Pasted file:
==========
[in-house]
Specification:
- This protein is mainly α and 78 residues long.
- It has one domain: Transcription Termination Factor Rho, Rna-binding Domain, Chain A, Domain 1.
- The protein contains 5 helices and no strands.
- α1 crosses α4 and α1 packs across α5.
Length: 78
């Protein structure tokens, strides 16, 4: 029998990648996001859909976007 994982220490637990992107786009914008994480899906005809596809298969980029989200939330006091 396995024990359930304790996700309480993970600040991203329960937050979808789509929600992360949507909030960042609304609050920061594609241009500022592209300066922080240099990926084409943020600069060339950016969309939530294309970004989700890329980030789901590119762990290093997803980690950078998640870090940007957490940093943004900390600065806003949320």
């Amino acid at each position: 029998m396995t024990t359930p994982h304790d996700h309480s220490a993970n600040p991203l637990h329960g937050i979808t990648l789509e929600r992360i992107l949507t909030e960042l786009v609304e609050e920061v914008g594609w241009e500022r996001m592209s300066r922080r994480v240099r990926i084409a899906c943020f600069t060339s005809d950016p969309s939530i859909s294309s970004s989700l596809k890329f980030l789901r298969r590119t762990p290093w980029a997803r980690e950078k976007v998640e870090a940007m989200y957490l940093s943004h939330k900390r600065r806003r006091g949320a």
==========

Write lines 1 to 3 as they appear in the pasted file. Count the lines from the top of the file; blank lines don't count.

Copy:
[in-house]
Specification:
- This protein is mainly α and 78 residues long.